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Visit to a Third Planet

Visit to a Third Planet


Who’s hungry

Raise your hands

Now those of you who have

Extra food

There are millions of you

And we’ll take it one by one

Find an outstretched hand

Take hold

Place food in it

If need be, help with preparation

Then be pleased to sit

At the table


Anyone who’s cold

Millions of you with extra blankets

One by one, gently and firmly

Place them



Anyone who’s thirsty

Is a bigger deal

Because we keep poisoning the water

But for now there still is more

Pass it out in safe containers

To those for whom

Answering thirst is life


Who needs shelter

Millions of us know how to

Build roofs and walls

And bridges that will get

Each one security

To home


Now who’s lonely

Who’s afraid

Who needs countries that provide

They’re here

They can help


Can all the multitudes

Nations and people

Provide assistance

Well, we can

I think we know

That we can

We shall


C L Couch

Welcome to The Helpful Art Teacher, an interdisciplinary website linking visual arts to math, social studies, science and language arts.

image (kindly) used with kind permission


Delhi and Flint

Delhi and Flint

Pay for water; no water comes

There is no Moses at the spring
To channel water from an
Ordinary source made
Miraculously (cleanly) abundant
Through divine agency

Flint, a town in Michigan,
Faced with lead-infecting water
For the families and the other
Centers of community

Delhi, the second most-populated
City, now with broken waterways
Facing silent threats of thirst
And starvation and disease

Mis-directed plans, protests
Aggressive, violent

Innocents trapped between;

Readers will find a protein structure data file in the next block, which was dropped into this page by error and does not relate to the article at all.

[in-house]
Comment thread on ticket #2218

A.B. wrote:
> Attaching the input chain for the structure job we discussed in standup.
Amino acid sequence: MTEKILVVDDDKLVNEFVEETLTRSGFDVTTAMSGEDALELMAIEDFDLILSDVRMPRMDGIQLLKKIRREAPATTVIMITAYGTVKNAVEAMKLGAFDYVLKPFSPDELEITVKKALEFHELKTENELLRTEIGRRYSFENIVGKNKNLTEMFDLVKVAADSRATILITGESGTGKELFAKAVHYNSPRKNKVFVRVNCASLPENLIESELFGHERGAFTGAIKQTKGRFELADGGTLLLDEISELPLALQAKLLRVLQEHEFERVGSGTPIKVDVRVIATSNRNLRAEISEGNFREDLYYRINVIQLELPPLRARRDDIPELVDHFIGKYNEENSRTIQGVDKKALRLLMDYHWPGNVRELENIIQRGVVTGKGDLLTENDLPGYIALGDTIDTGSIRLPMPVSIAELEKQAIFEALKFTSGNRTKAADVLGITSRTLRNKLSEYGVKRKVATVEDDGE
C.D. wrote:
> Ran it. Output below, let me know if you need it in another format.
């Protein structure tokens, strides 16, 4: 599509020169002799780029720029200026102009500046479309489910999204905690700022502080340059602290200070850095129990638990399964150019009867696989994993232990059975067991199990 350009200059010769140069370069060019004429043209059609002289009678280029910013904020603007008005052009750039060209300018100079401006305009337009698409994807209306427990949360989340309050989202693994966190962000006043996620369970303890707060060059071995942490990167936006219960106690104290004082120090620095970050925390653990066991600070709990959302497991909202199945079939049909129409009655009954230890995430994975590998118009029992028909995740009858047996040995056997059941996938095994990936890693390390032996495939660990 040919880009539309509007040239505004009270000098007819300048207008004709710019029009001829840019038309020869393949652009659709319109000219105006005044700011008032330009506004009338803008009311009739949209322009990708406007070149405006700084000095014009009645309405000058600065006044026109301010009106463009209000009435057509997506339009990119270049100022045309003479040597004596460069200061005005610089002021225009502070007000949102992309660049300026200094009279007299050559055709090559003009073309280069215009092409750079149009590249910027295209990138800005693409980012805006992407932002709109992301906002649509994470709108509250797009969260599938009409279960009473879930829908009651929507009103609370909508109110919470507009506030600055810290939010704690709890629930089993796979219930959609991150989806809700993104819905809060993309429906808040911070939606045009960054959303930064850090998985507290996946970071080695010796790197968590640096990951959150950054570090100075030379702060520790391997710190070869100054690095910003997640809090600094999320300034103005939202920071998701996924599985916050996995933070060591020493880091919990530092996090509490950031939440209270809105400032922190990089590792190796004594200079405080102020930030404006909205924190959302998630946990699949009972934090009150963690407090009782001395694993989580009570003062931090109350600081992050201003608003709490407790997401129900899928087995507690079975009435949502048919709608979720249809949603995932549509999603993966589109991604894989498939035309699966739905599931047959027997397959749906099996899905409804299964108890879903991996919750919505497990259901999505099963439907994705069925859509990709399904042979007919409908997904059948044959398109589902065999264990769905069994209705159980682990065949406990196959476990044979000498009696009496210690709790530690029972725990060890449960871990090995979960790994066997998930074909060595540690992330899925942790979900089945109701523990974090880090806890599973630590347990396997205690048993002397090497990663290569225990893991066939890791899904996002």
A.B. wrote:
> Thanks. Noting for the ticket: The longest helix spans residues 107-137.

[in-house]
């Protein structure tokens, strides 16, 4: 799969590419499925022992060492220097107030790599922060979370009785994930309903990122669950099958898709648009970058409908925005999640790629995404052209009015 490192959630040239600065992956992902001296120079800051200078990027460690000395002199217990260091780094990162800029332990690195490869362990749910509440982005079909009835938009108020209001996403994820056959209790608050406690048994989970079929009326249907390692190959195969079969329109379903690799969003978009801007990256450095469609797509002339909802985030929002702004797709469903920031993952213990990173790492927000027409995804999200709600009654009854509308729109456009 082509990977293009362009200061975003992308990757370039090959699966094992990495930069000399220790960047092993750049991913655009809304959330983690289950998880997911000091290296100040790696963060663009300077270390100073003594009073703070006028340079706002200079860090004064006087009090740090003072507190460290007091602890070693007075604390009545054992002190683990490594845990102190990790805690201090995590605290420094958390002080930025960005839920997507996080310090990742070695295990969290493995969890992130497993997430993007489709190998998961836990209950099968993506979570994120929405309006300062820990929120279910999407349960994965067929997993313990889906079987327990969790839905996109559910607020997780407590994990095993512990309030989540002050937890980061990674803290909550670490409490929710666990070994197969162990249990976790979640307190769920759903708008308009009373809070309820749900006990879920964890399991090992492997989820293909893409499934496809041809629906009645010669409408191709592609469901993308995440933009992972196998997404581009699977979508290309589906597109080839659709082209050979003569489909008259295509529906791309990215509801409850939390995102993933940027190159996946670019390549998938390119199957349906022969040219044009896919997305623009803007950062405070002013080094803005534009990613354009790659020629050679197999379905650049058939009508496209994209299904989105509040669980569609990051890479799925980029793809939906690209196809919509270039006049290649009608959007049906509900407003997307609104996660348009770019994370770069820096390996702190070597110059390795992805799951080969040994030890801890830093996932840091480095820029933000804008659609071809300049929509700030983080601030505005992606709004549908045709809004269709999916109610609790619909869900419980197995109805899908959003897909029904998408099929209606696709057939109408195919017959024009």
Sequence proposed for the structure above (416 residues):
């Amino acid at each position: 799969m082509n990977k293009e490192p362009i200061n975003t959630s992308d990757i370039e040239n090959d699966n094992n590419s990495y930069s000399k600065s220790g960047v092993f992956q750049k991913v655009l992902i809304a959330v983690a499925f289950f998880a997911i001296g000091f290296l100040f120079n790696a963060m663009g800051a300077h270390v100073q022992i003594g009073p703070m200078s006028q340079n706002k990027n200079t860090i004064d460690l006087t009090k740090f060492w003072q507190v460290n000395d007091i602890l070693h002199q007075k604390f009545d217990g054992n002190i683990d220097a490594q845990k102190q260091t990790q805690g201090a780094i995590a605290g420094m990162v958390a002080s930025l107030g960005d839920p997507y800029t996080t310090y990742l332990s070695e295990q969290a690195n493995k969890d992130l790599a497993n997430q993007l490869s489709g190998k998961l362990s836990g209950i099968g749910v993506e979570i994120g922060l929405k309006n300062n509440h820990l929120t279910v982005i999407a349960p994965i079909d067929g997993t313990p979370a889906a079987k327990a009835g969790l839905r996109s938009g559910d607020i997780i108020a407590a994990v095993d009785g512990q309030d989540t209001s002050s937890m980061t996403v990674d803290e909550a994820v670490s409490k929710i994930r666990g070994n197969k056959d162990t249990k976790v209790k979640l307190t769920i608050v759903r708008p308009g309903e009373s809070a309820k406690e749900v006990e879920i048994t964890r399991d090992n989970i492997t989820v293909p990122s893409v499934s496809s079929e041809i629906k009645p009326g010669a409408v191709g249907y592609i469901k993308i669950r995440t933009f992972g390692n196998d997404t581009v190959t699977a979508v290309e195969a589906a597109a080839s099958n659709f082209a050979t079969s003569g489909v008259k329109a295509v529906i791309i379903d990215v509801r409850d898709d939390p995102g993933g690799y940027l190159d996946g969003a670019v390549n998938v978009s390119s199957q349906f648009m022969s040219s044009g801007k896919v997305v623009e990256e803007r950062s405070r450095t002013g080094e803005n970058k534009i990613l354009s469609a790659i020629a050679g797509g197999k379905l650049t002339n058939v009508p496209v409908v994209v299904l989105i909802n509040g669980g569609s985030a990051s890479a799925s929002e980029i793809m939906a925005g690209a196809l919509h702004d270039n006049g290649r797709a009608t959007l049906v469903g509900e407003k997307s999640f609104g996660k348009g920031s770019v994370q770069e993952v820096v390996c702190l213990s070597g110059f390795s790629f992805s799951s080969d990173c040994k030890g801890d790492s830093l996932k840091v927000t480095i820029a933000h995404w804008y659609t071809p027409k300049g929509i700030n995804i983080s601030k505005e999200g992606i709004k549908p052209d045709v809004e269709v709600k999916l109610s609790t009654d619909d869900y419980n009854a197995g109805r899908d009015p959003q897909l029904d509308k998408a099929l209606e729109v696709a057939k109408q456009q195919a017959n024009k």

For lack of clean, living currents,
Why cannot—in global, protected
Pipes the size of bunkers made
Of (lead-free) new solid kinds
Of concrete and PVC (see, plastic
Can have its use)—why cannot

The world simply drink?

I’d do the same with food to
Stave off starving, if I could, and
Disease, if it could be tunneled
Under without harming anything,

But instead of magic utterances
Or nations’ decrees

I have only these

The Farm Show

(what we celebrate)

The Farm Show

The Farm Show is happening
in Harrisburg, Pennsylvania,
the state capital. If you’ve
ever shopped, looked at the
markings on a package of food,
and seen (you may say penna-
dept) “Penna. Dept. of
Agriculture,” that’s us.
That’s Pennsylvania. With
standards so high for food
that theirs is an approving
agency relied on
‘round the world.

Not local mythology (not
yet), this state (my state
for now) is important for
food—and the annual
Farm Show is a celebration
of this.

Is there anything better
to recognize than organic
eatable or otherwise livable
selection? I know there’s
a classically brutal aspect
to farming of most kinds.
Animals are raised to
die, lands are turned under
losing ancient undergrowth
and artifact, and now
there’s the tension of
losing farm land itself to
other development. But
for now and anyway, we
celebrate what we need
to eat.

Sheep-to-shawl (alpaca-
to-shawl) and field-
to-shelf, the process of
feeding, clothing, and
sheltering America and
the world is exhibited. Yes,
there are statues made
of butter. Enjoy! (A PA
celebrity famous for saying
that, although he said it
twice.) And there are
auctions for animals.
Many shows of the rodeo
kind abound, and many
buy the food there as well,
which I’m afraid refers to
some snacks better-suited
for carnivals. Though baked
potatoes don’t sound so bad.
Even loaded. Even chased
with a Pennsylvania dairy-
made milk shake. (Sorry, Mister
Weldon Johnson, but for these
Bits of cooperative creation:
That’s good!)

These festivals take place
elsewhere, certainly. And
so might we agree that
raising up the cause of
(say viddles) victuals is
worthy for all? (To borrow
again:) That’s good!

Missive. Truly yours,
from Harrisburg’s
Farm Show.

C L Couch

Mechanicsburg, Pennsylvania
January 2016

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